On January 25, 2006, a group of migrant forestry workers admitted to the U.S. under the H-2B foreign worker program filed suit against their employer, Superior Forestry Service, Inc., in the U.S. District Court for the Middle District of Tennessee, alleging violations of the Fair Labor Standards Act, 29 U.S.C. §§ 201 et. seq., and the Migrant and Seasonal Agricultural Workers Protection Act ("AWPA"), 29 U.S.C. §§ 1801 et seq. Plaintiffs alleged that Superior and its officers failed to pay plaintiffs the statutory minimum wage and overtime wages and failed to maintain complete information on the terms and conditions of the plaintiffs' work as migrant workers as required by law. Attorneys with the Southern Poverty Law Center, the Immigrant Justice Project, Farmworker Justice, the Virginia Justice Center for Farm and Immigrant Workers, and private firms represented the plaintiffs.
Plaintiffs moved to proceed as a collective action and for class certification, but those motions were denied without prejudice by the Court pending further discovery. Later, on July 17, 2007, the District Court (Judge William J. Haynes, Jr.) ordered that the case could proceed as an FLSA collective action, and on July 30 it approved the collective action notice. Plaintiffs renewed their motion for class certification on their claims under the AWPA on August 21, and on March 28, 2008, the Court (Judge Haynes) ordered class certification under both Rule 23(b)(2) and 23(b)(3). Rosiles-Perez v. Superior Forestry Serv., Inc.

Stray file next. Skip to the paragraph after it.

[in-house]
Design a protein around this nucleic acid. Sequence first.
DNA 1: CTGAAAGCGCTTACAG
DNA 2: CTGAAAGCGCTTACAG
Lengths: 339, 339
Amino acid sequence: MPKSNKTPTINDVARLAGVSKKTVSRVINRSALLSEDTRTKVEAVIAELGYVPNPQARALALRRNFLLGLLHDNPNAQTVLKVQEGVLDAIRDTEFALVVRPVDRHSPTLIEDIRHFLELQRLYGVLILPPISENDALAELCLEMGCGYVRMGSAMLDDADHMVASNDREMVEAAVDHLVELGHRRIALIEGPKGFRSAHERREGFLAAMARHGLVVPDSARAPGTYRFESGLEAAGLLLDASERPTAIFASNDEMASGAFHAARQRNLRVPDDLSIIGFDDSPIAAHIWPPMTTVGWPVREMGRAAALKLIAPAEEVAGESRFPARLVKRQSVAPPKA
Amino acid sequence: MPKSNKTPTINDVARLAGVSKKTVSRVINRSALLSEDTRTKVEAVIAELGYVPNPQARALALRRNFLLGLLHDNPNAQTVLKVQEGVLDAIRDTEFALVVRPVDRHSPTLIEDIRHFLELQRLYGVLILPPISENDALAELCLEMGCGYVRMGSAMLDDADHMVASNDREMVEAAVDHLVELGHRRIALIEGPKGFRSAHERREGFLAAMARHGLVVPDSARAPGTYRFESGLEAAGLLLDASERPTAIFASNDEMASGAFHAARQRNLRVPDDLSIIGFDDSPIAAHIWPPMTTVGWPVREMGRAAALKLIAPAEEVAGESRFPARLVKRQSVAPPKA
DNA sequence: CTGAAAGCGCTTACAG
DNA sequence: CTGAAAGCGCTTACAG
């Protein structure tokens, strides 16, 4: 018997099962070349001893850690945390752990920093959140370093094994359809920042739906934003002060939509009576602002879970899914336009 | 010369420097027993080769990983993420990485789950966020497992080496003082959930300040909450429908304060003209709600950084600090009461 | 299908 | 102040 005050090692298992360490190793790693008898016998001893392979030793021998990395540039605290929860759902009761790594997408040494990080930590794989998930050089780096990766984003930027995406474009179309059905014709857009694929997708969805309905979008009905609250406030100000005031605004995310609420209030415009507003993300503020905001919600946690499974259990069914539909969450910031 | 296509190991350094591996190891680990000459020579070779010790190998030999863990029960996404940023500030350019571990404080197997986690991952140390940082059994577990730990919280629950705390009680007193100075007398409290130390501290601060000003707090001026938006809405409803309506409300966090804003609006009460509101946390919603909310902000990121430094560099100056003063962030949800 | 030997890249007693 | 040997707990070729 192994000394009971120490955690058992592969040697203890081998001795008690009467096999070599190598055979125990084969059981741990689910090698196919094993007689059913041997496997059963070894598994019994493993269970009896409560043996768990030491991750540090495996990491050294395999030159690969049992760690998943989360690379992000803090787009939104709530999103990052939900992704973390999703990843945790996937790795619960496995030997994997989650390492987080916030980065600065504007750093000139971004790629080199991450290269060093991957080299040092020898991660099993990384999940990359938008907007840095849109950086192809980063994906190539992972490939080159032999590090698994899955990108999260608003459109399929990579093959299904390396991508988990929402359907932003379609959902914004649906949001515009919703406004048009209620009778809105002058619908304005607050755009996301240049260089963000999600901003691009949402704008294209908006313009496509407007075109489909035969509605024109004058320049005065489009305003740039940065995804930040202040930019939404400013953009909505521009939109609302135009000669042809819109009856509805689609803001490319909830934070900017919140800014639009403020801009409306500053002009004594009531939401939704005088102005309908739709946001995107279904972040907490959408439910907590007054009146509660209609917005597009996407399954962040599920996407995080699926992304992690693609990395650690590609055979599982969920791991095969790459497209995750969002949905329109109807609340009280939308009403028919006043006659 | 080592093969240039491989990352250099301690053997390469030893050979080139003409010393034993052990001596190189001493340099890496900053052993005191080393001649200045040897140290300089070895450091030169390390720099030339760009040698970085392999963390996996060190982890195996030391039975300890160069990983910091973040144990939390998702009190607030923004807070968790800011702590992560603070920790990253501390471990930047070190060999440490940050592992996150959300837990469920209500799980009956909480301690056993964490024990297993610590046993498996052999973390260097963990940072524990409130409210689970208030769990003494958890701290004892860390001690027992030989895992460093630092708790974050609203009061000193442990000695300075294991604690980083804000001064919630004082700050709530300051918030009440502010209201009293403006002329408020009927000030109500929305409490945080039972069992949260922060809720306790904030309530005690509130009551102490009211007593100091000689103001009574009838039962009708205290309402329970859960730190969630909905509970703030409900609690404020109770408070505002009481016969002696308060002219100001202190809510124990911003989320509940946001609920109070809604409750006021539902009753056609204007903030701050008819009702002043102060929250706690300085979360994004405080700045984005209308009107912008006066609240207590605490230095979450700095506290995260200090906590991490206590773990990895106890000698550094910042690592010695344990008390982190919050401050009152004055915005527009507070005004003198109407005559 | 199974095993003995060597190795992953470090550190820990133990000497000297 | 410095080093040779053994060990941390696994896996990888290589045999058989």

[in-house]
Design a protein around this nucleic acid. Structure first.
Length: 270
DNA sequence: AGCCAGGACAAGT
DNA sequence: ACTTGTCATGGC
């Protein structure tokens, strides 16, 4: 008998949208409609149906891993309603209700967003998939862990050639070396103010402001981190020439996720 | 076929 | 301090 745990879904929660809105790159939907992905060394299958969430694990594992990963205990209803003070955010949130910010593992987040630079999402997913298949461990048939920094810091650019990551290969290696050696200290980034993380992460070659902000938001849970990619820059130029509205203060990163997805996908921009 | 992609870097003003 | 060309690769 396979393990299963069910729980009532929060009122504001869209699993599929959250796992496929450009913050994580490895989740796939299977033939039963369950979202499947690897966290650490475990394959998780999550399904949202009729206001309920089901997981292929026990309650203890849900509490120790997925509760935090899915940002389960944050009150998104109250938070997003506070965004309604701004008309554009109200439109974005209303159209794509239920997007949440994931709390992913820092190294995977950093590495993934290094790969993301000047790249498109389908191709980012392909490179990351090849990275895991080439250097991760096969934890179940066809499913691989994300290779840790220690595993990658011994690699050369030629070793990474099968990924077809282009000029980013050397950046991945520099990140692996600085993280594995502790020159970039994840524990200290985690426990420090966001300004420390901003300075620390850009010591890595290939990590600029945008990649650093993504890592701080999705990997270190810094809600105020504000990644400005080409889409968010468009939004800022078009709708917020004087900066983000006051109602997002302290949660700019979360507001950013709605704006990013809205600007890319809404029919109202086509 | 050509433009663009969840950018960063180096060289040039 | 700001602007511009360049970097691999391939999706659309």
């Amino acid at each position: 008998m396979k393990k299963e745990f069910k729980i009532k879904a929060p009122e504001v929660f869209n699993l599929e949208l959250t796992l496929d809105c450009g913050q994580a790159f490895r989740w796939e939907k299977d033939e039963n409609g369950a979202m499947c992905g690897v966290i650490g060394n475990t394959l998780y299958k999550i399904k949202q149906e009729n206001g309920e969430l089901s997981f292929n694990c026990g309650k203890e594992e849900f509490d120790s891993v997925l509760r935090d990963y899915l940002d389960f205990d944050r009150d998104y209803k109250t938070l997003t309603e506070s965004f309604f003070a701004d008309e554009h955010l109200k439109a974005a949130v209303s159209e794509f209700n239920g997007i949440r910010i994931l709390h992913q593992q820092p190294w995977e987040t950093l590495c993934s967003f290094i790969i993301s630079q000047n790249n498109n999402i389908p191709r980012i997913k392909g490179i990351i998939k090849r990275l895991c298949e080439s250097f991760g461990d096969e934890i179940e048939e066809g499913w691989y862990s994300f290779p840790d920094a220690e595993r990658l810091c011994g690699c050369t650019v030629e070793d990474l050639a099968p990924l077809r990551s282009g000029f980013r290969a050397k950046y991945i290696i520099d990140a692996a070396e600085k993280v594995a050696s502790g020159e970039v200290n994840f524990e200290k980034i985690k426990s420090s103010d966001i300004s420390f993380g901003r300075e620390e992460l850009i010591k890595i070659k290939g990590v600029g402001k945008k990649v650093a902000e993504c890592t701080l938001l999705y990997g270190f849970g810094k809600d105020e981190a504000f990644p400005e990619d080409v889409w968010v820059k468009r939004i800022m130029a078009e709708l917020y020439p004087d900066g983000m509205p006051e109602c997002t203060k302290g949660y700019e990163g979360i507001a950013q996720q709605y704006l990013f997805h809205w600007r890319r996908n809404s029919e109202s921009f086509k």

, 250 F.R.D. 332 (M.D. Tenn. 2008).
Meanwhile, on May 23, 2006, the District Court (Judge Haynes) had granted a motion by plaintiffs for a protective order, barring defendants from communicating with plaintiffs and prospective class members about the lawsuit and forbidding any type of retaliatory conduct. A month later, plaintiffs had moved for sanctions, alleging that defendants had violated the protective order by failing to completely and accurately inform their supervisory personnel as to its contents. The Court (Judge Haynes) had instructed the defendants to provide its supervisors with a copy of the Court's protective order and ordered the defendants to pay plaintiffs attorney's fees for the motion. Rosiles-Perez v. Superior Forestry Serv., Inc.
, 2007 WL 325784, 2007 U.S. Dist. LEXIS 8194 (M.D. Tenn. Jan 31, 2007). Over the course of the litigation, the Court went on to grant two more contempt motions by plaintiffs, accompanying each with progressively severe sanctions, including equitable tolling of the FLSA statute of limitations and two additional rounds of FLSA notice and extensions of the opt-in period, and culminating in a July 28, 2009 order that barred the defendants from contesting plaintiffs' proof of damages.
The court also dealt with significant discovery disputes, at one point appointing an expert to remedy defendants' incomplete disclosure and requiring the defendants to pay for the expert's services.
On February 10, 2010, the parties informed the court that they had come to a settlement and asked the court to approve their agreement. Under the terms of the settlement, defendants created a settlement fund totaling $2,200,000 plus interest to pay the claims of the named plaintiffs, the FLSA opt-in plaintiffs, and the AWPA class members. They also agreed to pay $550,000 plus interest in attorney's fees and $150,000 to cover the cost of administering the settlement fund. Defendants further agreed to abide by the AWPA and FLSA and to refrain from taking retaliatory action against plaintiffs.
The Court (Judge Haynes) granted its final approval of the settlement on March 26, 2010, and issued its final judgment order on July 7, 2010.Christopher Schad - 07/10/2012